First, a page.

I now had the task of mixing this beast of about 60 odd tracks, down to a stereo master. It’s okay if you practise this dark art every day, but if you don’t – it’s quite a tall order. Over the past year I managed to read a few books on the topic as mentioned here, earlier, so I just got into it. Once I got it to where I couldn’t take it much further, (we are talking weeks later!!!) I spoke to a chap called ‘Mike Senior’, who is the author of numerous articles about mixing, writes for Sound on Sound magazine, mixes, aaaand offers mix critiques!!! Well, I used his services, sent him my half baked mix and waited for judgement day. His critique arrived pretty quickly and was quite an in depth sound engineering course. He pointed out where the mix’s tonality was off, where I could use delays and reverbs and so forth. A good 4 pages of tips and guidance on the topic. Well, I spent the following weeks implementing his suggestions and ended up with something pretty close to a commercially mixed oeuvre. So why stop there? I didn’t. I almost forgot one thing, though. The intro. Well, so far, the song had always started with guitar, but my mate Josh von Staudach suggested I come up with something special that would make it possible for the song to be recognised from the word go. So i ‘stole’ some notes from the string outro and created an intro with them which is preceded by a tiny melody consisting of 4 backward guitar notes. Confused? You can hear for yourself soon. George Martin, here we come.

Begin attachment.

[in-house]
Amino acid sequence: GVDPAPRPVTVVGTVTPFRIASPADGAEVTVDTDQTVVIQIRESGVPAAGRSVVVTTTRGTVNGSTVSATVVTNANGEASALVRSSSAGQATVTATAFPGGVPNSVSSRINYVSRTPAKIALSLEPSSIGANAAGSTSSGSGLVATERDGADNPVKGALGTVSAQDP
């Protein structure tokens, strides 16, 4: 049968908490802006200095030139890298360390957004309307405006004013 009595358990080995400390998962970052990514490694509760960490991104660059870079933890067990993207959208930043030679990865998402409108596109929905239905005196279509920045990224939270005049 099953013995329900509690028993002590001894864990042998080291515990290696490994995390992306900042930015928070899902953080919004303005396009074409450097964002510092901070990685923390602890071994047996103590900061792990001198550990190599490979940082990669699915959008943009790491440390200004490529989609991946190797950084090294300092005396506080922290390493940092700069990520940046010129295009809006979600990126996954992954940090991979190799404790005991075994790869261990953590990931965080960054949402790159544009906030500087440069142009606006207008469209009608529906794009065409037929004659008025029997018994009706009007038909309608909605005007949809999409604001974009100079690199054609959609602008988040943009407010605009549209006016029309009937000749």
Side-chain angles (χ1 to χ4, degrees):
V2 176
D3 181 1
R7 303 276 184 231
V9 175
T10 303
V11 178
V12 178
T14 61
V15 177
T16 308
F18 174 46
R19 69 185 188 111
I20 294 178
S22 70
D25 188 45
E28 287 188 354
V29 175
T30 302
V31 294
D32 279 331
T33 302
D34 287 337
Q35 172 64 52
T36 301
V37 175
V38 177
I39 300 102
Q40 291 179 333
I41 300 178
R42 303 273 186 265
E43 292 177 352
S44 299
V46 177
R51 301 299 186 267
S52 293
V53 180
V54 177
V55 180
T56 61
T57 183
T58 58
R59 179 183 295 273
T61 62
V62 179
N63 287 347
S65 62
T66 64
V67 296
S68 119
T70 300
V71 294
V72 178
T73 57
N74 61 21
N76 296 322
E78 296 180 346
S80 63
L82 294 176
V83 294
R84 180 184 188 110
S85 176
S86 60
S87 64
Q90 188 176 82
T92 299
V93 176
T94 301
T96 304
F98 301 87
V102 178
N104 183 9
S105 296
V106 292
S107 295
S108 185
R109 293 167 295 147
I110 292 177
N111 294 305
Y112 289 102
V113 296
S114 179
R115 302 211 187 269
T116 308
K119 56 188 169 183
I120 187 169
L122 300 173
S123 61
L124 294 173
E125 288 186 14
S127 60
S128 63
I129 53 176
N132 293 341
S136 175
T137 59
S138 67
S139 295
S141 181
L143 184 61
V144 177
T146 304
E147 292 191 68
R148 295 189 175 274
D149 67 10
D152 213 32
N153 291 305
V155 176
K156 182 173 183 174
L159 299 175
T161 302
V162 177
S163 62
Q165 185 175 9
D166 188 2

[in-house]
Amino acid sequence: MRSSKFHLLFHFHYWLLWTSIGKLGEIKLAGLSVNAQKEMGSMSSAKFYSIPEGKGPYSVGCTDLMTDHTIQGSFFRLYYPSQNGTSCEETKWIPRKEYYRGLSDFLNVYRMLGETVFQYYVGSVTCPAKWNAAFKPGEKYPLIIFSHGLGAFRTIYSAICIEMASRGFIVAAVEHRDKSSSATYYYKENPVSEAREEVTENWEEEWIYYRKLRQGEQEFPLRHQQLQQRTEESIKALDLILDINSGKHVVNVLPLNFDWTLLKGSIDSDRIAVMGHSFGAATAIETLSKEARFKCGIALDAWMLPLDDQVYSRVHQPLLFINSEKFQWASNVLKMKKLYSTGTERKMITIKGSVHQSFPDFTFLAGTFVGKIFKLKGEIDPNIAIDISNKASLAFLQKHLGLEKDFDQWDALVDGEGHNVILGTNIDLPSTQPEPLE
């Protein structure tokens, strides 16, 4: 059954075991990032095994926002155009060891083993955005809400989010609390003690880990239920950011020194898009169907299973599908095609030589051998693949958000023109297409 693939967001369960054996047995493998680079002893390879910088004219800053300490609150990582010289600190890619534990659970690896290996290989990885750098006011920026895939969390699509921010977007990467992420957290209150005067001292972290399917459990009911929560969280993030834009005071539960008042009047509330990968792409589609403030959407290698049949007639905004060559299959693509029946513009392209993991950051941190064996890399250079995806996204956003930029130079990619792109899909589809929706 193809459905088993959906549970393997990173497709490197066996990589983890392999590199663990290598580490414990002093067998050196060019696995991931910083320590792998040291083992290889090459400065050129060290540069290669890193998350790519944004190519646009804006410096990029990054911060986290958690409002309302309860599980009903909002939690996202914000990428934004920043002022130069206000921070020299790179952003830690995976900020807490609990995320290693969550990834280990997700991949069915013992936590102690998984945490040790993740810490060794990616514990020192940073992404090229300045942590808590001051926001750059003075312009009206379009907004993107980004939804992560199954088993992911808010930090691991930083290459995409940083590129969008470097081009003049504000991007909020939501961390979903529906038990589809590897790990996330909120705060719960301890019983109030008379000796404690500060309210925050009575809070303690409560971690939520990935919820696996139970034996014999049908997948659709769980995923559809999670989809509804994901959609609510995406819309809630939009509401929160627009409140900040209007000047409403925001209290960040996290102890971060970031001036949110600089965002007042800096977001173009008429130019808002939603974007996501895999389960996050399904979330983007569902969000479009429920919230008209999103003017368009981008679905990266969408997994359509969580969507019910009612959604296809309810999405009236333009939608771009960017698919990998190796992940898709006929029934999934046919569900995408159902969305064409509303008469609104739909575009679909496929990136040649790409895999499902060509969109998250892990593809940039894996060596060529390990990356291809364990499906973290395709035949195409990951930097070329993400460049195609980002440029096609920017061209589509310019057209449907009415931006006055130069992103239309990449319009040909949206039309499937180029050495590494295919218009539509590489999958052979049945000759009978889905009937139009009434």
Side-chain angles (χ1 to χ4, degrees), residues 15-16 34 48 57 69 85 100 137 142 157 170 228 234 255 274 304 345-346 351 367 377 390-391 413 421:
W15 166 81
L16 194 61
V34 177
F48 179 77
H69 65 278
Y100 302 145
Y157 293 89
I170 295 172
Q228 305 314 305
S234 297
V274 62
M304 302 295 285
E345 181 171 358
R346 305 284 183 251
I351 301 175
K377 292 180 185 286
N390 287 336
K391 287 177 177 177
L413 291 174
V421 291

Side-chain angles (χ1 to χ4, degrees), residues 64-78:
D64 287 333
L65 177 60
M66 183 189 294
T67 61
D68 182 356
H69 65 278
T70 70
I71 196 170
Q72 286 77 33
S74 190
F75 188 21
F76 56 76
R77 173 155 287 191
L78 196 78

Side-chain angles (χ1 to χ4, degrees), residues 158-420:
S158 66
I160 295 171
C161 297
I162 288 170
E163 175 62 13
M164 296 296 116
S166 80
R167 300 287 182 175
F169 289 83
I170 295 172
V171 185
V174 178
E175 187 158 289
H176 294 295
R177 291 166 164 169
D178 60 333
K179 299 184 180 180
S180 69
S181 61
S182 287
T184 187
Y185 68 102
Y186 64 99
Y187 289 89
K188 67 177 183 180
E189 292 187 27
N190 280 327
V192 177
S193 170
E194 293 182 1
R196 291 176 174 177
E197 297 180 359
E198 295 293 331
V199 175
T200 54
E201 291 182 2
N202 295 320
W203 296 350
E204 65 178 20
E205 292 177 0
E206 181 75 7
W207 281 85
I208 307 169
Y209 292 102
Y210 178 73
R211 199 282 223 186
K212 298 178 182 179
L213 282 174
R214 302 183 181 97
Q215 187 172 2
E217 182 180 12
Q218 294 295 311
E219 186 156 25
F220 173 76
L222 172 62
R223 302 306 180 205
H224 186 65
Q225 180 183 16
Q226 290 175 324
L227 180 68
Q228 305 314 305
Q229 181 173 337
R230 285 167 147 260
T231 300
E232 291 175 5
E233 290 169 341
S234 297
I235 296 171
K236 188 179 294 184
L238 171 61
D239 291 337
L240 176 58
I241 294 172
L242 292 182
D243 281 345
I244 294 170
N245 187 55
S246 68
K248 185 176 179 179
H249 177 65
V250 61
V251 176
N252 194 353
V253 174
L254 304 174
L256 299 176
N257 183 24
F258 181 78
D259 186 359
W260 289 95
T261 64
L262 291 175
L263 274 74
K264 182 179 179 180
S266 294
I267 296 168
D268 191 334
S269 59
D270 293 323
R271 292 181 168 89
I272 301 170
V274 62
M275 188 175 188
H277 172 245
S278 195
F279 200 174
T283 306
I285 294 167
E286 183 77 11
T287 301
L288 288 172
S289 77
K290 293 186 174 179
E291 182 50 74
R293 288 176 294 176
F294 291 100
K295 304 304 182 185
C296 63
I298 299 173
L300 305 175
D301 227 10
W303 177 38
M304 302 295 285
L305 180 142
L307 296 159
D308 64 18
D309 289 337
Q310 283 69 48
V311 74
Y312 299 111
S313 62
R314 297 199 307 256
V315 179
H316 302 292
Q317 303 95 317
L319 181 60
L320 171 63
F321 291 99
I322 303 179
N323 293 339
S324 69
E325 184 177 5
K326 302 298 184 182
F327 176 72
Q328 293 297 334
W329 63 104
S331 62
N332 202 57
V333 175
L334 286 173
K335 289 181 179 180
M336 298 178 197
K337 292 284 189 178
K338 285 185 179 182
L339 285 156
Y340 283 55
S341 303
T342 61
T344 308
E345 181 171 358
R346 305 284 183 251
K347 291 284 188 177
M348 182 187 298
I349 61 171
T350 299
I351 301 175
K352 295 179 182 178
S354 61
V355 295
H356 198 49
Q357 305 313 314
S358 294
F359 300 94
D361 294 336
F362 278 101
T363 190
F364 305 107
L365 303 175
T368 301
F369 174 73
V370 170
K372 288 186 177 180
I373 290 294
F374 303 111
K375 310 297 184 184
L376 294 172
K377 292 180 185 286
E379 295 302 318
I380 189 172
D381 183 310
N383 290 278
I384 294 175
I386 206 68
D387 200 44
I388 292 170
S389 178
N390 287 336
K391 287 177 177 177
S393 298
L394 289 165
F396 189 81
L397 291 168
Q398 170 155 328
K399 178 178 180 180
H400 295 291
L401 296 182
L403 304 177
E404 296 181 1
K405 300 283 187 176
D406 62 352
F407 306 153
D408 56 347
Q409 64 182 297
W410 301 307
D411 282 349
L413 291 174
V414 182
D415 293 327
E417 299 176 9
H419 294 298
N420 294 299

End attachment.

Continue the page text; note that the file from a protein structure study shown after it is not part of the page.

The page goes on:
Through a stroke of luck I went to Metropolis Studios in Chiswick last year, where I met Miles Showell. Miles is a mastering engineer and can point to a long list of quality records he has mastered. By the time I contacted him for this song he had re-located to Abbey Road studios in St John’s Wood, London. Well, I sent him the files, they do have an online service and he did his thing. I was then sent the ‘Miles Showell – Abbey Road’ mastered version on my Mac a few days later, proud as Punch!! Now I am working on getting everything together for its release and maybe creating a record label at the same time … watch this space … It will be released under just my name, Neal Hoffmann (plus a little help from his friends).

Pointers for the mix also came from Hakon Sveinsson, Iver Sandøy and Josh von Staudach, thanks!

Days in the life of a songwriter 24